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title = "Exploring metabolic reprogramming in melanoma via acquired resistance to the oxidative phosphorylation inhibitor phenformin",
abstract = "Therapeutic failures in cancer therapy are often associated with metabolic plasticity. The use of metabolic modulators as anti-cancer agents has been effective in correcting metabolic alterations; however, molecular events behind metabolic switch are still largely unexplored. Herein, we characterize the molecular and functional events that follow prolonged oxidative phosphorylation inhibition by phenformin in order to study how melanoma cells adapt to this specific metabolic pressure. We show that melanoma cells cultured up to 3 months with high doses of phenformin (R-cells) are less viable and migrate and invade less than parental (S-) cells. Microarray analysis of R-melanoma cells reveals a switch in the energy production strategy accompanied by the modulation of several immunological-associated genes. R-cells display low oxygen consumption rate and high basal extracellular acidification rate. When treated with vemurafenib, R-cell viability, growth and extracellular signal-regulated kinase activation decrease. Finally, phenformin withdrawal reverts R-cells phenotype. In summary, our study provides an in vitro model of on-off metabolic switch in melanoma and reveals interesting molecular signatures controlling metabolic reprogramming in this tumour.",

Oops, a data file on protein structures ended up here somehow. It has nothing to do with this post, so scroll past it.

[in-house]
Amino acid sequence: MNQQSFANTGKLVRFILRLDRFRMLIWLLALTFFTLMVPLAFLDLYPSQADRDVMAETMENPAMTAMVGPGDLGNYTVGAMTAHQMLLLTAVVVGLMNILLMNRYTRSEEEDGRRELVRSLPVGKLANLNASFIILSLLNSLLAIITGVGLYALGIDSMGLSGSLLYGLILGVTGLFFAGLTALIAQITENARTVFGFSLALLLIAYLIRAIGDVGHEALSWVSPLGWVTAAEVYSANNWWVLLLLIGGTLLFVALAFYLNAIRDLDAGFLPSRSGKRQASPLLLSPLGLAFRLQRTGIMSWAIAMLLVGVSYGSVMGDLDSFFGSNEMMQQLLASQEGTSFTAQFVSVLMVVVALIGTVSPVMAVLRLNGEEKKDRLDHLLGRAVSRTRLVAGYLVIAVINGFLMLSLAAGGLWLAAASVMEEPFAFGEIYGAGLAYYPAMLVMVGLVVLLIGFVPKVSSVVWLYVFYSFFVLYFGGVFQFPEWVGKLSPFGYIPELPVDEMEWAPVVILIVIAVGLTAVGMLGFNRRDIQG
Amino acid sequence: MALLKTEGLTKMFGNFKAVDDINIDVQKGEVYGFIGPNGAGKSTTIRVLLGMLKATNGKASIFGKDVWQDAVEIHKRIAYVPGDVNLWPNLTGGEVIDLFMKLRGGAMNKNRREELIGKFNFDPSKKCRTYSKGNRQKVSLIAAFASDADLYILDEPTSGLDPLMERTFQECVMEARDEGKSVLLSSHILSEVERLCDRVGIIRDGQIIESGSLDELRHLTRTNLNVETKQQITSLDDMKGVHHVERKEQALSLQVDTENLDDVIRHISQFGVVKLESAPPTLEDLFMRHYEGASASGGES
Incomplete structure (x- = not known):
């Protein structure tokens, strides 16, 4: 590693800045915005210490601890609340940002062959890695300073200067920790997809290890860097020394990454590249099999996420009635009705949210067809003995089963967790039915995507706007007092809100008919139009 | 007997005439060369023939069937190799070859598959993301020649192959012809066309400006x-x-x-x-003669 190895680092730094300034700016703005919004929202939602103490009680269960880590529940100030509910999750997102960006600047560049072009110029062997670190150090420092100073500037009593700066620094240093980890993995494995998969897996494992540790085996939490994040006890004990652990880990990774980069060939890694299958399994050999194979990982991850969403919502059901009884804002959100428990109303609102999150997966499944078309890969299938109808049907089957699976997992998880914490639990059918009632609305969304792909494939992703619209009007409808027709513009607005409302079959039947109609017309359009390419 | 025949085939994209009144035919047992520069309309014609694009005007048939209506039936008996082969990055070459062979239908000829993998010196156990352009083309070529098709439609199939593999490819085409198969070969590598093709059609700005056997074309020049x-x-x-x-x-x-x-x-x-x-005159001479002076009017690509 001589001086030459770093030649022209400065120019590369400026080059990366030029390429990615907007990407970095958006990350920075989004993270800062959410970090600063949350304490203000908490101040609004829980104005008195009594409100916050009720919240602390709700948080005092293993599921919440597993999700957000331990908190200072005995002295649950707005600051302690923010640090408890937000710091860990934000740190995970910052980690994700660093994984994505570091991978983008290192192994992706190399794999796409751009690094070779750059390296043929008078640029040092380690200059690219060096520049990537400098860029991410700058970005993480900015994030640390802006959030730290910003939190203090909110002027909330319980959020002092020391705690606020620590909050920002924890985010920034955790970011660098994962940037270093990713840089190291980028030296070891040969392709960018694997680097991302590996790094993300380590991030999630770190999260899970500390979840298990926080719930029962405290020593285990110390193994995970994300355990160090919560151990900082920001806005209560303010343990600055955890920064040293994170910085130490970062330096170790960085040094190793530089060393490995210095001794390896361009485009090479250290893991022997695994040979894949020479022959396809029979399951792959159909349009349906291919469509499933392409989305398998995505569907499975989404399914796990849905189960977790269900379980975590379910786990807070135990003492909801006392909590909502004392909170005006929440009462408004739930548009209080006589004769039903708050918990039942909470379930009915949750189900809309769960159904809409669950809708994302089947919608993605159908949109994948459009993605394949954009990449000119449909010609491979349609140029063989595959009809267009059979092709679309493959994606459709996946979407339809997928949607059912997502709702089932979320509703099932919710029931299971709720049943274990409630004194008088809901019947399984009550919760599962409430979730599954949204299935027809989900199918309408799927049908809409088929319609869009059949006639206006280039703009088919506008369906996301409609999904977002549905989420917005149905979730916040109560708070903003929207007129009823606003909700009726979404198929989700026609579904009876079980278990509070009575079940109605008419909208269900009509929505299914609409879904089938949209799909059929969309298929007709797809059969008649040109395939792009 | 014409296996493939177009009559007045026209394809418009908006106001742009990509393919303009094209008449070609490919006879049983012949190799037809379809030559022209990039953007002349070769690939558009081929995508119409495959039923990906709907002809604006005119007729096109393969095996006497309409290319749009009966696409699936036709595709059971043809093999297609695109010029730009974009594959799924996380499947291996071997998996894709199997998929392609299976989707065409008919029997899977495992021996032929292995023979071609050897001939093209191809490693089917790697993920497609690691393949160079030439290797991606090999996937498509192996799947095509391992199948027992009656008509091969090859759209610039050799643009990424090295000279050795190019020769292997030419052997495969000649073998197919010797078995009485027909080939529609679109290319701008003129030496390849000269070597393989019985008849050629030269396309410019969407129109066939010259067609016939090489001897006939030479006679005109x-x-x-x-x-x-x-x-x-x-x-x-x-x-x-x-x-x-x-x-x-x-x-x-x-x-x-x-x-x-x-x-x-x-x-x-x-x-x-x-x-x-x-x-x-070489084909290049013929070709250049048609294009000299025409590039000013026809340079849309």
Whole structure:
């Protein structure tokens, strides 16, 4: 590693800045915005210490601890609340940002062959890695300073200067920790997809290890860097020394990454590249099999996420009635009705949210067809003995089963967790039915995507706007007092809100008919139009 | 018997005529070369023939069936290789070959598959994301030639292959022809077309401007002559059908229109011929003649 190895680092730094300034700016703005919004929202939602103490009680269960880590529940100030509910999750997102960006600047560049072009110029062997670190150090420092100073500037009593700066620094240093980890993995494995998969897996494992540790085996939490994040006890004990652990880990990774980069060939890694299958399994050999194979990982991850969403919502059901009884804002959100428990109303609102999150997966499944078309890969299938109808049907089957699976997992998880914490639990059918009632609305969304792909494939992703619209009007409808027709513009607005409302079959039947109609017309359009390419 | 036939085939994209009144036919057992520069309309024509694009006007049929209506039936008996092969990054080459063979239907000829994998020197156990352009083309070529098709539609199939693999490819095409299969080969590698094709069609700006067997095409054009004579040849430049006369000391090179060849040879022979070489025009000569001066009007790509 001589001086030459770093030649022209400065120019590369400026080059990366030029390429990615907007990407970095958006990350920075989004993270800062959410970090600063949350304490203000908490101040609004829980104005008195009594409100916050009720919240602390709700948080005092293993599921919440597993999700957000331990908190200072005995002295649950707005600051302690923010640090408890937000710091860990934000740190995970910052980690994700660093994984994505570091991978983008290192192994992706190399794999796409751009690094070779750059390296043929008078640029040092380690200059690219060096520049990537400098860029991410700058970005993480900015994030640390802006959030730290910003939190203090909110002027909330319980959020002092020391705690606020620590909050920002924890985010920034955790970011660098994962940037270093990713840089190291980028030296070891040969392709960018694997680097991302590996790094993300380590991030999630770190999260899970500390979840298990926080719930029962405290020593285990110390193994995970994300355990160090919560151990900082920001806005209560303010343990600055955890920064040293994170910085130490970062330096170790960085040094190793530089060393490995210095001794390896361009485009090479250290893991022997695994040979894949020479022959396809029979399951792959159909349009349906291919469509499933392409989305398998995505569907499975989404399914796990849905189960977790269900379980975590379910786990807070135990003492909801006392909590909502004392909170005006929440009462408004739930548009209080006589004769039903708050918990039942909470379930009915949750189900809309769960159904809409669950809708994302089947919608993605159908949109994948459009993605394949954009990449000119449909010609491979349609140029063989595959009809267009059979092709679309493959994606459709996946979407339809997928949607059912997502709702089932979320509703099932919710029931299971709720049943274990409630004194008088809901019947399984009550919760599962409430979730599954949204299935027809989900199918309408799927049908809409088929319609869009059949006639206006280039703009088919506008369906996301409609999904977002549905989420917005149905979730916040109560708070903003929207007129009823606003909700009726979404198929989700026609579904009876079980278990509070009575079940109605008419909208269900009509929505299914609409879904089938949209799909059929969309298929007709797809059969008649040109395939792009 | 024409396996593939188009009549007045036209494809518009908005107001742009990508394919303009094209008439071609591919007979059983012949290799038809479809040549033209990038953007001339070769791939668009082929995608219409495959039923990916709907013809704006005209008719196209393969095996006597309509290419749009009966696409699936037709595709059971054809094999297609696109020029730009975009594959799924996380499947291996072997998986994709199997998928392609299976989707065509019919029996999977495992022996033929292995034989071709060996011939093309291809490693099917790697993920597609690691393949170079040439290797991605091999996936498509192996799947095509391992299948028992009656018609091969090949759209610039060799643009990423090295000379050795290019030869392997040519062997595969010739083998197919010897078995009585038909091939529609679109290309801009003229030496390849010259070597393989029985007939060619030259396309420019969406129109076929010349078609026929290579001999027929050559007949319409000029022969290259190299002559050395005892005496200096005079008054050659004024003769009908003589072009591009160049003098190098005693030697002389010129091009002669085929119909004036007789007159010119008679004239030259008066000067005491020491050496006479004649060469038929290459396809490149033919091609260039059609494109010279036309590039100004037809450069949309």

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AU - Pistoni, Mariaelena

AU - Tondelli, Giulia

AU - Gallo, Cristina

AU - Torricelli, Federica

AU - Maresca, Alessandra

AU - Carelli, Valerio

AU - Ciarrocchi, Alessia

AU - Dallaglio, Katiuscia

PY - 2020/2/1

Y1 - 2020/2/1